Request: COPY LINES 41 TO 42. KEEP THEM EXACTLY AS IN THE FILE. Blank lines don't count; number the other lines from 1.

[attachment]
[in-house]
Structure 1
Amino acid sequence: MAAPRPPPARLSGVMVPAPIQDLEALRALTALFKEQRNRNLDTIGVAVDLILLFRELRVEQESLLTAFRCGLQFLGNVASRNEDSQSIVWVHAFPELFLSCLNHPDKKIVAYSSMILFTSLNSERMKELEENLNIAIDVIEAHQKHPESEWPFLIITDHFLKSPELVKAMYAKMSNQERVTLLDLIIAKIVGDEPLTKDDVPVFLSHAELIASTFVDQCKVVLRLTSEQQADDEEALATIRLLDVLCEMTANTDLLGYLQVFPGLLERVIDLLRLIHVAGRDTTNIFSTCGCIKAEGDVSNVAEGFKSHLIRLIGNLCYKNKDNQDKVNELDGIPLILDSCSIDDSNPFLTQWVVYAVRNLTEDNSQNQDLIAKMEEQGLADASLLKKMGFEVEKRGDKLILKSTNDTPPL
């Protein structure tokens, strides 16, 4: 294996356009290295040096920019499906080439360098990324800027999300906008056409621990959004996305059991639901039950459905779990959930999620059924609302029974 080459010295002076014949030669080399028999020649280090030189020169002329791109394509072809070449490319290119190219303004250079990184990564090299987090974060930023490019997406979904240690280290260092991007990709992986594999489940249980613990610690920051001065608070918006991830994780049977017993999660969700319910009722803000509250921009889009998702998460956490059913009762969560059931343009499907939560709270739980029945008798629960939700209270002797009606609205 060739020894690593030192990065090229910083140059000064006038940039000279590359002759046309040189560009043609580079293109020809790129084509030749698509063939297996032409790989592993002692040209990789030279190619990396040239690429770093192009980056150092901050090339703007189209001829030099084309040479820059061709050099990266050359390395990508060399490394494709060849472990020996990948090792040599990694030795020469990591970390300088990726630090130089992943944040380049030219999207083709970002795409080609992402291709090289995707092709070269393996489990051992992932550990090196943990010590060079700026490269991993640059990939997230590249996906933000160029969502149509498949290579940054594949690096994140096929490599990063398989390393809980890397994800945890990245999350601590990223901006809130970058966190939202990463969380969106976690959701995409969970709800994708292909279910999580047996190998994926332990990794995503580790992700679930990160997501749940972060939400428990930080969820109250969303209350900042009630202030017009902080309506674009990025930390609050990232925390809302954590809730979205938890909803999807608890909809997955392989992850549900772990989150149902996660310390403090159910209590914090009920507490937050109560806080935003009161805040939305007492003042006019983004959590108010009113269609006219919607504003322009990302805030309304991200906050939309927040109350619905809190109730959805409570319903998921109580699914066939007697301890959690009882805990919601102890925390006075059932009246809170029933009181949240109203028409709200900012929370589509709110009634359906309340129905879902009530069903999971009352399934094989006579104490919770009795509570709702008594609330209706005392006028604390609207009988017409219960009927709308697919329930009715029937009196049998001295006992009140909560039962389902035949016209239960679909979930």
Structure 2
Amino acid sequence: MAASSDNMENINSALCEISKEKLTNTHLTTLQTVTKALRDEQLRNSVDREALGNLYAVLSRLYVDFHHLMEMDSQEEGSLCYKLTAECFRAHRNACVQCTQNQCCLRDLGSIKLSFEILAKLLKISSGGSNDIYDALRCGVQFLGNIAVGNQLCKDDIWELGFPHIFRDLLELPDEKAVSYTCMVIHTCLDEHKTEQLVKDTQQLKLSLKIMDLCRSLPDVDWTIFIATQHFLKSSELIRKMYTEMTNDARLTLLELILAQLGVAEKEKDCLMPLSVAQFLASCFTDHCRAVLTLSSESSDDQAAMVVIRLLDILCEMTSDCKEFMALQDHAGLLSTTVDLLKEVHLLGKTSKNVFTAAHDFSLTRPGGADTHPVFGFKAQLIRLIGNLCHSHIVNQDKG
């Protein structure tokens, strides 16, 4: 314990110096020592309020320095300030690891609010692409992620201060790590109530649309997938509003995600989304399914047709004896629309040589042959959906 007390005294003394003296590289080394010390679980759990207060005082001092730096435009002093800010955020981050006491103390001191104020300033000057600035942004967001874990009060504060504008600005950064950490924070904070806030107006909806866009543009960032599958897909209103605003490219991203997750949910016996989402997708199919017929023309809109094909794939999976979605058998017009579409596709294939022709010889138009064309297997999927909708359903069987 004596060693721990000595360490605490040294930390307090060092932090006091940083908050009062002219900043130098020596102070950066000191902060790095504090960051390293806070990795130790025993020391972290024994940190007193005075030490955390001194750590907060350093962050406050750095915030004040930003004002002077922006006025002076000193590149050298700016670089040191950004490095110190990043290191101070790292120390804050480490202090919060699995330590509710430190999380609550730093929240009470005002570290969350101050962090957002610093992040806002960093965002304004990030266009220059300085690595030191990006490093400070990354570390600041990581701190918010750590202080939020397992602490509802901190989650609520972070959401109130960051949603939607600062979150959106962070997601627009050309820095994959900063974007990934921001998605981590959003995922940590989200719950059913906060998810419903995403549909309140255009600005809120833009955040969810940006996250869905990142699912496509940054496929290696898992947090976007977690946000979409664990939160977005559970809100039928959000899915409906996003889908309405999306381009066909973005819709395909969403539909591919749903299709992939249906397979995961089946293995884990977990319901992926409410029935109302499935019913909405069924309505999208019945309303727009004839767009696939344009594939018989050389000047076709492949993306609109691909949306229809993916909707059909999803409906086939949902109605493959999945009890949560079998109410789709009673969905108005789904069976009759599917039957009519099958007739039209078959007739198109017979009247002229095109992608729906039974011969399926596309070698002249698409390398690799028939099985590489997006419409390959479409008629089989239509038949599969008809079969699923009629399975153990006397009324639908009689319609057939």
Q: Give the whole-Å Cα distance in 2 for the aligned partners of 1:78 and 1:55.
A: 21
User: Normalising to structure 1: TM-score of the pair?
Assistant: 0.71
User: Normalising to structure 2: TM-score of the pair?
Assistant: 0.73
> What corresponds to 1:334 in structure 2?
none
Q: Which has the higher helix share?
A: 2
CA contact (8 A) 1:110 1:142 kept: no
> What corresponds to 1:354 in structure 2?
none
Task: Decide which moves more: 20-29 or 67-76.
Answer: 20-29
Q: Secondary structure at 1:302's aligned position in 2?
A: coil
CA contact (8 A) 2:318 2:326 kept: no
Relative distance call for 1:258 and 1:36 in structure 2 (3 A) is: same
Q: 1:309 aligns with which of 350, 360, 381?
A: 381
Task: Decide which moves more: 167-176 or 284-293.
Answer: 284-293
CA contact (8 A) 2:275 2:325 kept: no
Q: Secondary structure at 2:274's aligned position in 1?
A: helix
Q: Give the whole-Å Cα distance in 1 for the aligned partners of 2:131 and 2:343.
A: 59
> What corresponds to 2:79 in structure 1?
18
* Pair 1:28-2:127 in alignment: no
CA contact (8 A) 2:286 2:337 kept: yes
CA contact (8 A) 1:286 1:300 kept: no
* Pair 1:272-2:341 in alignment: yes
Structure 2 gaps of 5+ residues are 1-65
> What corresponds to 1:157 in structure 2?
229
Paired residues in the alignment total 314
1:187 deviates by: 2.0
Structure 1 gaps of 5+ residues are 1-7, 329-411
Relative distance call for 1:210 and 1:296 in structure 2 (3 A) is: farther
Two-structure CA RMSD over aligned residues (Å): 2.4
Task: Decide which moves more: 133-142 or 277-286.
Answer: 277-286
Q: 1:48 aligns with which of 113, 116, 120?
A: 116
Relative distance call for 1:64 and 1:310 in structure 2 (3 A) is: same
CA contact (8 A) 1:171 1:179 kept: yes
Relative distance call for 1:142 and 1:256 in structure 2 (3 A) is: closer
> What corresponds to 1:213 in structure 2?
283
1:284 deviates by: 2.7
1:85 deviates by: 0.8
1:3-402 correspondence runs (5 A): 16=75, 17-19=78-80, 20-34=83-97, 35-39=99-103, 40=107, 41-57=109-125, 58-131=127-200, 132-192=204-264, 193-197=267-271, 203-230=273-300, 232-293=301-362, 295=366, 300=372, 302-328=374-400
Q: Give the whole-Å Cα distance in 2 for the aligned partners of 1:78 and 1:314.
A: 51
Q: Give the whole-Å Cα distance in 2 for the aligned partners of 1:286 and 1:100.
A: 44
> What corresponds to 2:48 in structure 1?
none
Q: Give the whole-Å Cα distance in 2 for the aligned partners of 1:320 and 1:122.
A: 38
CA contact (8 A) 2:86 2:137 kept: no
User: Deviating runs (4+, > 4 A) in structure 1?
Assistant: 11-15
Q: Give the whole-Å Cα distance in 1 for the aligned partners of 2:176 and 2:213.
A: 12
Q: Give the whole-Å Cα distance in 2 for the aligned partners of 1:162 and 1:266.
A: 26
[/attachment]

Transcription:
* Pair 1:272-2:341 in alignment: yes
Structure 2 gaps of 5+ residues are 1-65